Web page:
L.Nicole Cervantes, MSW (Spring 2013)
% Have at least one diagnosable
mental health need.
61 % had a co‐occurring substance use
 20–25 % Have serious emotional issues.
of these youth are
incarcerated for minor
/non-violent offenses or
have not been charged
with a crime.
are the barriers of mental health resources
and services for at-risk youth?
are the existing programs designed for atrisk youth diagnosed with mental health disorders?
What current policies and programs available for
at-risk youth diagnosed with mental health
Research Design: Qualitative, comparative
analysis method.
 Data collection method: Reference library
professional as well as comprehensive search
of academic databases.
 Sample: 21 empirical articles on the topic
of at-risk youth and mental health services
published between 2003 and 2012 were
selected .
Analysis Plan: “PICO” method.
Culture identity and socioeconomic status are critical
components to consider when examining youth with mental
health needs, as culture shapes the way individuals view and
respond to emotional distress . Therefore, race and ethnicity are
important factors that should be included when researching
barriers at-risk youth encounter when seeking mental health
The likelihood of youth receiving proper treatment and
services will increase through establishing relationships with
school counselors, healthcare and mental health professionals,
parents, and communities. A consistent commitment from social
work professionals is needed to address the diverse complexities
of youth mental health issues.
Research indicates up to two thirds of youth in the juvenile
justice system have untreated mental health disorders.
Typically, these youth have not been formally charged with a
crime, but are held in detention centers as an alternative to
effective treatment or because they have nowhere else to go.
Based on the review of research, a very small percentage of youth with diagnosable
mental health problems seek help from mental health services.
Mental health needs for this population often are neglected as detention facilities are
generally not equipped to provide adequate care to youth with mental illness.
Based on the information presented, since the 1980s, mental health programs were
either drastically cut or not renewed on the premise that the tax dollars would be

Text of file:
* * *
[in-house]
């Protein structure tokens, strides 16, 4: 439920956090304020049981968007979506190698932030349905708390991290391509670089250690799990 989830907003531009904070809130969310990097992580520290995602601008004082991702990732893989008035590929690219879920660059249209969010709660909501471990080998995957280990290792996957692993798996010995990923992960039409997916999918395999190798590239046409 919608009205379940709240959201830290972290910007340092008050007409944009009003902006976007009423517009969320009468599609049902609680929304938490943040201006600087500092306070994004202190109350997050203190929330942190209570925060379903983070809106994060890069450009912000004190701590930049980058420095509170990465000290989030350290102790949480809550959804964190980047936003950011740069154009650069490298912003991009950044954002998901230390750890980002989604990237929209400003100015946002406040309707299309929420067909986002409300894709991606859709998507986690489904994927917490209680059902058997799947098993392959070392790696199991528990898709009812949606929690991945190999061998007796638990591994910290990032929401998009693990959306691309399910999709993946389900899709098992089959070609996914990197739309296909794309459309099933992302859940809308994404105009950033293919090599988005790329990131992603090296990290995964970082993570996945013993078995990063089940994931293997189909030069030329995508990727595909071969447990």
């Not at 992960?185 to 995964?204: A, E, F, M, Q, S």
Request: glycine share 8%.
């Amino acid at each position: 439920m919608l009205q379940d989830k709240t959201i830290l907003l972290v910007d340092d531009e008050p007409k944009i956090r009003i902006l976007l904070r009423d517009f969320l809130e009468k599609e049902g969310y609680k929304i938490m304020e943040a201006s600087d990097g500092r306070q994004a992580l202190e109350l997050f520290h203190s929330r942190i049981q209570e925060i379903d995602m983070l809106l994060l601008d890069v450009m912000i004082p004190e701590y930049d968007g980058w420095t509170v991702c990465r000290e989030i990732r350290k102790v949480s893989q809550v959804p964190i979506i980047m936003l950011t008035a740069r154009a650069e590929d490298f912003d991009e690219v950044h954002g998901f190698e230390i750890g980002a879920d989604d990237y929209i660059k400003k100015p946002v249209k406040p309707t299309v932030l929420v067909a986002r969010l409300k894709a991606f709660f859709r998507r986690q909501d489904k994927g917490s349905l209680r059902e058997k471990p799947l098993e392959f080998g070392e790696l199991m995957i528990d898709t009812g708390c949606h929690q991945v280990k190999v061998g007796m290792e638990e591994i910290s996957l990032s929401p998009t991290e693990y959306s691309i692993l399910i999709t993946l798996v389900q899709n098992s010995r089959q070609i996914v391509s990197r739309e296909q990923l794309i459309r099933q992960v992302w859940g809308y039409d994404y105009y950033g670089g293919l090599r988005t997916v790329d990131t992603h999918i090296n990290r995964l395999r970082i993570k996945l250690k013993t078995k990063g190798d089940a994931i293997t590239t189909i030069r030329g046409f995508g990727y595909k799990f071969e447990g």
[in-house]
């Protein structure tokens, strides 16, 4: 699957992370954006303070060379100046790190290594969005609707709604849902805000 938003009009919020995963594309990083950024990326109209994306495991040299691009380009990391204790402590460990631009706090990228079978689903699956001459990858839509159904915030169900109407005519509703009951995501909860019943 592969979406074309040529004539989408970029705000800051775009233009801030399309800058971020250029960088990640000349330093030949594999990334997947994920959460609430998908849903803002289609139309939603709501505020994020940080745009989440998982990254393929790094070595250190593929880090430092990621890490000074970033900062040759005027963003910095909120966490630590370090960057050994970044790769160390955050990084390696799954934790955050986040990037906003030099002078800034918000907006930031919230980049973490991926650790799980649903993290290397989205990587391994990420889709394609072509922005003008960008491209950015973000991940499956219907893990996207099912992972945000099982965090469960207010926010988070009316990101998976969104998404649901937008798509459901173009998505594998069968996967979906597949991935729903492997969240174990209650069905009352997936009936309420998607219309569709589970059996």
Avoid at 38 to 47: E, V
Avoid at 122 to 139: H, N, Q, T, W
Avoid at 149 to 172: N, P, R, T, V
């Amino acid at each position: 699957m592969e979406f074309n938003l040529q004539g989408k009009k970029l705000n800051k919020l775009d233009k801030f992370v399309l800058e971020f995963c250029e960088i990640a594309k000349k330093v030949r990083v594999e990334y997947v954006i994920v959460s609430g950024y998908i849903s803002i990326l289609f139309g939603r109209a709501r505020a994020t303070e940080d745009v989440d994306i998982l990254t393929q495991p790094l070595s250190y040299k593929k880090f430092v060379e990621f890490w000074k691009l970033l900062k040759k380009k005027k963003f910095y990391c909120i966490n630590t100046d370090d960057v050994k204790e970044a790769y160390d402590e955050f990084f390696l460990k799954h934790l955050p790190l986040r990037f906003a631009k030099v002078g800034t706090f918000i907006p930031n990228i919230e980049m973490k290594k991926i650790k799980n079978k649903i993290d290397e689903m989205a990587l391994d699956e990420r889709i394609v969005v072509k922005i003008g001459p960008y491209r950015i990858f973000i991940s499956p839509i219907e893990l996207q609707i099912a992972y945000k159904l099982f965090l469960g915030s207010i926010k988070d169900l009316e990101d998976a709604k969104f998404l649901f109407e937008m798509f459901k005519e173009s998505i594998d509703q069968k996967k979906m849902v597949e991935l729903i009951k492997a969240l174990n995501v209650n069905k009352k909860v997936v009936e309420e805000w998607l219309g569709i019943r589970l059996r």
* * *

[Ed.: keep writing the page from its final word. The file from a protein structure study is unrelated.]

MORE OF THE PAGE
allocated more appropriately.
In the 1990s, the burden fell on local and state governments to address and manage
juvenile delinquents with mental health issues while trying to balance their local
Dynamics such as, race, culture, demographics, and gender should be further
studied to obtain an accurate depiction of appropriate services for this
Davidson, S., & Skowyra, K. (2006). Juvenile diversion: Programs for justice-involved youth with mental health
disorders. National Center for Mental Health and Juvenile Justice. Retrieved from www.ncmhjj.com
French, R., Reardon, M., & Smith, P. (2003). Engaging with a mental health service: Perspectives of at-risk youth. Child
and Adolescent Social Work Journal, 20(6), 529-548. doi:10.1023/B:CASW.0000003142.13457.0a
Howell, E., & McFeeters, J. (2008). Children’s mental health care: Differences by race/ethnicity in urban/ rural areas.
Journal of Health Care for the Poor and Underserved, 19, 237-247.
National Association of Social Workers. (2006). Social work speaks: National Association of Social Workers policy
statements, 2006-2009. Washington, DC: NASW Press.
Puzzanchera, C. (2009). Juvenile arrests 2007. Washington, DC: U.S. Department of Justice, Office of Juvenile Justice
and Delinquency Prevention.
Puzzanchera, C., & Kang, W. (2010). Easy access to juvenile court statistics: 1985-2007. Washington, DC: U.S.
Department of Justice, Office of Juvenile Justice and Delinquency Prevention.
Scherff, A. R., Eckert, T. L., & Miller, D. N. (2005). Youth suicide prevention: A survey of public school superintendents’
acceptability of school-based programs. Suicide and Life-Threat Behavior, 35, 154-169. doi:10.1521/suli.
U.S. House of Representatives, Committee on Government Reform. (2004). Incarceration of youth who are waiting for
community mental health services in the United States. Washington, DC: Author. Retrieved from http://democrats

At-Risk Youth Mental Health Services and Treatment